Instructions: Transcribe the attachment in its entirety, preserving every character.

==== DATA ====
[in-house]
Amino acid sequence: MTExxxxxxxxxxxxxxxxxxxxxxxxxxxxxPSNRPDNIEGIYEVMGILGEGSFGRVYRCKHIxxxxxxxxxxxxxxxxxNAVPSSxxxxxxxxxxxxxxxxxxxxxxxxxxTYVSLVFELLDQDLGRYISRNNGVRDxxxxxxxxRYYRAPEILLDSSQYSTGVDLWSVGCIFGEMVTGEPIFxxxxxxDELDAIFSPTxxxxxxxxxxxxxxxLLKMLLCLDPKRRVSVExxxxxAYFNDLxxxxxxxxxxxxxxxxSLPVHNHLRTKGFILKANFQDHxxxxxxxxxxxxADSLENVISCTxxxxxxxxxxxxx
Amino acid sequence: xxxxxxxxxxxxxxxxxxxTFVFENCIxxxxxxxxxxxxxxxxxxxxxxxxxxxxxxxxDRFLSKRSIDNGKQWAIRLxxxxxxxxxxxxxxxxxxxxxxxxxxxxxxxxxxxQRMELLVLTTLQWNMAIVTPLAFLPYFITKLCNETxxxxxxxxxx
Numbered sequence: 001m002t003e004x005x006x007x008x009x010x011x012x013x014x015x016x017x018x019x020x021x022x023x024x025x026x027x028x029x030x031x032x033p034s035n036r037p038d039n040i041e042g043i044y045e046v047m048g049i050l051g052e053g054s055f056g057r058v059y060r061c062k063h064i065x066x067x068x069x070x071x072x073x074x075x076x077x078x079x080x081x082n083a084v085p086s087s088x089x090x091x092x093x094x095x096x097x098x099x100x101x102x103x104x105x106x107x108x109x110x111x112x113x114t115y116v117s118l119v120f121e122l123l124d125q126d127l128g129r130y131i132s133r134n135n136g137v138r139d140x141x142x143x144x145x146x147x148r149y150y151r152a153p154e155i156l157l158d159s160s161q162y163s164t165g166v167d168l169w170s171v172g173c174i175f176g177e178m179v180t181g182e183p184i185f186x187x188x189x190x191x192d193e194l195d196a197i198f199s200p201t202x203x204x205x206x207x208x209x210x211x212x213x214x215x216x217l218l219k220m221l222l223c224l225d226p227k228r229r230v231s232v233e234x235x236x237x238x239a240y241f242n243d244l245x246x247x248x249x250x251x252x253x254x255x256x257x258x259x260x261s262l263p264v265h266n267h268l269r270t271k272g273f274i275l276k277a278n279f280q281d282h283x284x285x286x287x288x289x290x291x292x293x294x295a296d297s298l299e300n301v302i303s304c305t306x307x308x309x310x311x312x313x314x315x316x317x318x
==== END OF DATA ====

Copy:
[in-house]
Amino acid sequence: MTExxxxxxxxxxxxxxxxxxxxxxxxxxxxxPSNRPDNIEGIYEVMGILGEGSFGRVYRCKHIxxxxxxxxxxxxxxxxxNAVPSSxxxxxxxxxxxxxxxxxxxxxxxxxxTYVSLVFELLDQDLGRYISRNNGVRDxxxxxxxxRYYRAPEILLDSSQYSTGVDLWSVGCIFGEMVTGEPIFxxxxxxDELDAIFSPTxxxxxxxxxxxxxxxLLKMLLCLDPKRRVSVExxxxxAYFNDLxxxxxxxxxxxxxxxxSLPVHNHLRTKGFILKANFQDHxxxxxxxxxxxxADSLENVISCTxxxxxxxxxxxxx
Amino acid sequence: xxxxxxxxxxxxxxxxxxxTFVFENCIxxxxxxxxxxxxxxxxxxxxxxxxxxxxxxxxDRFLSKRSIDNGKQWAIRLxxxxxxxxxxxxxxxxxxxxxxxxxxxxxxxxxxxQRMELLVLTTLQWNMAIVTPLAFLPYFITKLCNETxxxxxxxxxx
Numbered sequence: 001m002t003e004x005x006x007x008x009x010x011x012x013x014x015x016x017x018x019x020x021x022x023x024x025x026x027x028x029x030x031x032x033p034s035n036r037p038d039n040i041e042g043i044y045e046v047m048g049i050l051g052e053g054s055f056g057r058v059y060r061c062k063h064i065x066x067x068x069x070x071x072x073x074x075x076x077x078x079x080x081x082n083a084v085p086s087s088x089x090x091x092x093x094x095x096x097x098x099x100x101x102x103x104x105x106x107x108x109x110x111x112x113x114t115y116v117s118l119v120f121e122l123l124d125q126d127l128g129r130y131i132s133r134n135n136g137v138r139d140x141x142x143x144x145x146x147x148r149y150y151r152a153p154e155i156l157l158d159s160s161q162y163s164t165g166v167d168l169w170s171v172g173c174i175f176g177e178m179v180t181g182e183p184i185f186x187x188x189x190x191x192d193e194l195d196a197i198f199s200p201t202x203x204x205x206x207x208x209x210x211x212x213x214x215x216x217l218l219k220m221l222l223c224l225d226p227k228r229r230v231s232v233e234x235x236x237x238x239a240y241f242n243d244l245x246x247x248x249x250x251x252x253x254x255x256x257x258x259x260x261s262l263p264v265h266n267h268l269r270t271k272g273f274i275l276k277a278n279f280q281d282h283x284x285x286x287x288x289x290x291x292x293x294x295a296d297s298l299e300n301v302i303s304c305t306x307x308x309x310x311x312x313x314x315x316x317x318x